…and which is unable to prevent problems that are outside each doctor’s particular specialty.

    This was a HUGE problem with my wife: they (the docs) each did their own thing, and once I cleared out the deadwood, did it fairly well — but they didn’t communicate with each other, except for leaving cryptic (and almost illegible) notes in her chart, so the left hand rarely coordinated with the right — often with terrible (and avoidable) consequences.

  • Thanks Clav, will do. One doctor is in bigger trouble than getting fired, at this point as is the hospital itself. Someone is going to make this man whole by providing home care until he is better, or forever, whichever comes first. His injuries have multiplied due to stupidity and neglect.

    He had no health issues what-so-ever and should have one home in Nov with his new LVAD and waited for his new heart. All his multiple problems are due to flawed equipment, neglect, and the stupidity of a system that cannot without effective communication and which is unable to prevent problems that are outside each doctor’s particular specialty.

    One example of many: They let his shoulder get dislocated (subluxated) for want of a sling. I find this out in rehab. Guess they don’t do slings (occupational therapy) at the hospital.

    I think, we are going to be changing the law about what hospitals need to provide.

  • Clavos

    I’m sorry, Cindy, I know how difficult it is. Don’t hesitate to fire any who don’t meet your needs and expectations; it’s your right as a caregiver.

  • Dumb is in the eyes of the beholder. ahem…

    Actually, I have spent the last three months sleeping in a hospital next to my husband, who is a patient. And I have found that while some doctors have sound advice, and some are quite brilliant, others doctors do not, and still others ignore very important things which only Jo Shmo is in a position to notice. Being Jo Shmo in this situation, we really do need to here from the Jo Shmo’s. Our lives may depend upon it.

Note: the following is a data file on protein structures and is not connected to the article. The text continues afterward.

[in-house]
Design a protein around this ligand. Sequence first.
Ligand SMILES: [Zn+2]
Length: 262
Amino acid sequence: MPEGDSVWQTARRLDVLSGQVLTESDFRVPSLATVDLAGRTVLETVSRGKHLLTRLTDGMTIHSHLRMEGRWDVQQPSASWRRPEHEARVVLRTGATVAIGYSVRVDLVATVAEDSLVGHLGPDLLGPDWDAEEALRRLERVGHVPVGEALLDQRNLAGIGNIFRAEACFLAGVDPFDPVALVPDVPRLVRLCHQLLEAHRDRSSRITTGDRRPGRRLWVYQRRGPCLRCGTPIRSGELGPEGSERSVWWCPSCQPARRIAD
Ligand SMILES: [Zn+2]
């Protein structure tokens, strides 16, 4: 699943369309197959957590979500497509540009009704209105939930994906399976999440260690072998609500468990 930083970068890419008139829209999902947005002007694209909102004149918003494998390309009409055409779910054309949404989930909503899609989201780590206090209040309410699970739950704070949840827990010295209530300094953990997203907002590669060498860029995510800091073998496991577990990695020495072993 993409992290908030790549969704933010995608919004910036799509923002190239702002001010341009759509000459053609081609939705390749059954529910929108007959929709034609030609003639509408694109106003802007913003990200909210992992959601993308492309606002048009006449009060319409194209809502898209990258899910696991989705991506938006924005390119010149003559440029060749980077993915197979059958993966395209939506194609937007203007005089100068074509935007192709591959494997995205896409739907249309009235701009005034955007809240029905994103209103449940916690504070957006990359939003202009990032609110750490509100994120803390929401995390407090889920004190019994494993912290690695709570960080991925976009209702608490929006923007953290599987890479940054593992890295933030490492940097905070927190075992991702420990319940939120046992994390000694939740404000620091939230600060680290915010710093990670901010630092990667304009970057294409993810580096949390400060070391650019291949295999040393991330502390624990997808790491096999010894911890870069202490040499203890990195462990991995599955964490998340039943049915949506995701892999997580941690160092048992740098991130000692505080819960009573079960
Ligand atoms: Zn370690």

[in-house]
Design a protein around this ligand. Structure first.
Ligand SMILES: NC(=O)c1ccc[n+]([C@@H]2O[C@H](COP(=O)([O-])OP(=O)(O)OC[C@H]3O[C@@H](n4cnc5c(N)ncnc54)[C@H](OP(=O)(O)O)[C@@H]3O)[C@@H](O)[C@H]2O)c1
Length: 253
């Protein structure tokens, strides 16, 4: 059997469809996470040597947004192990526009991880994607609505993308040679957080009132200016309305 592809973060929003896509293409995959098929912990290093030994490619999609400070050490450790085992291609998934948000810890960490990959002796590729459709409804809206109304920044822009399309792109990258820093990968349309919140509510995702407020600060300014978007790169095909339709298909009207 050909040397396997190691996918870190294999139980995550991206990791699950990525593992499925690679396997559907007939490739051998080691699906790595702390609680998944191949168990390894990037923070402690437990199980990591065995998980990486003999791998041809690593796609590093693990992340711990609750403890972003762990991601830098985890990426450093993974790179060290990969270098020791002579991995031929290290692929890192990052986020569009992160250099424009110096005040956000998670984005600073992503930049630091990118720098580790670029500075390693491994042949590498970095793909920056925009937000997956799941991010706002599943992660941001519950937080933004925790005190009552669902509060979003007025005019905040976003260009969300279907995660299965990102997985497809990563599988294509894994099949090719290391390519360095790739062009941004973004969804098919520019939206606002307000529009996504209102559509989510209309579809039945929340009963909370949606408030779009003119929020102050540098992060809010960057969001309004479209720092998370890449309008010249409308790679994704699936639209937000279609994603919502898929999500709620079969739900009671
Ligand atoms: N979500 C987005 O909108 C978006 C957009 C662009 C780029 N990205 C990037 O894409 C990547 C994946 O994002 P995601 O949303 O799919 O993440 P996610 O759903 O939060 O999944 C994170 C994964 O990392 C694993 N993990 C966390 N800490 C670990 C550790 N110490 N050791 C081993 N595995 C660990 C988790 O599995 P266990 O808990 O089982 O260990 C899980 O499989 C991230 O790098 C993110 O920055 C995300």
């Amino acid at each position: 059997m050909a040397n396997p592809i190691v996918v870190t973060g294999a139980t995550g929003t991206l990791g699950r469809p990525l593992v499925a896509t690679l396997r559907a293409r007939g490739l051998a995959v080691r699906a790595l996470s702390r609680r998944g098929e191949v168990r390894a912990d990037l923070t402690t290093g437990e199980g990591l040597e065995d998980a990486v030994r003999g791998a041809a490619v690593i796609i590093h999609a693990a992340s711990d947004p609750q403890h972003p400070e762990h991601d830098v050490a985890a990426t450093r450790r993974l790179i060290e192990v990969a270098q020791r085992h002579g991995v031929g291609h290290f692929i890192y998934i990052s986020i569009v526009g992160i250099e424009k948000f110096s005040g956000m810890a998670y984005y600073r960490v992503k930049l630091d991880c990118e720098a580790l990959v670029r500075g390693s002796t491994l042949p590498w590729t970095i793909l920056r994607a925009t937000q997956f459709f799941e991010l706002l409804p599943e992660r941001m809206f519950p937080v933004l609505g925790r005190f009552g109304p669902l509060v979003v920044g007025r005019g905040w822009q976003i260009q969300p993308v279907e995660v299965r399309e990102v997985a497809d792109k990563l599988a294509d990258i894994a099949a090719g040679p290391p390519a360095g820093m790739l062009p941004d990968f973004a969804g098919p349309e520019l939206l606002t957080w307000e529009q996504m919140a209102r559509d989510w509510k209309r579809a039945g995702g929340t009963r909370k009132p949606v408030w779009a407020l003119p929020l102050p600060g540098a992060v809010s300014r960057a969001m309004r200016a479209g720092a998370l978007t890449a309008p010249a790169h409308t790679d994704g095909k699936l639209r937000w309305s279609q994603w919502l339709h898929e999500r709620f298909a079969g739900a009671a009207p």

• I disagree, Cindy. Too many people are just too dumb. The author doesn’t suggest banning this sort of ‘man on the street’ journalism [which even the NY Times frequently indulges in]. She just points out that it is mostly quite worthless.

  • Marginalization? No. Advocating for an educated citizenry? Yes. And why is “elite” such a bad word anyway? Why shouldn’t we want the best possible democracy, an elite political system where everyone has the same educational opportunities?

    You wouldn’t ask Joe Schmo for medical advice; you’d ask a doctor, a professional, someone who has studied the issue and knows more than you do. I’m merely advocating that the same care be given to the very fabric of our society.

  • Holy fuck, what a load of elitist horseshit!

    Forgive my ungentle demeanor, when I see such blatant calls for marginalization based on leftist elite standards it just pisses me off to no fucking end! Have a nice day though. 🙂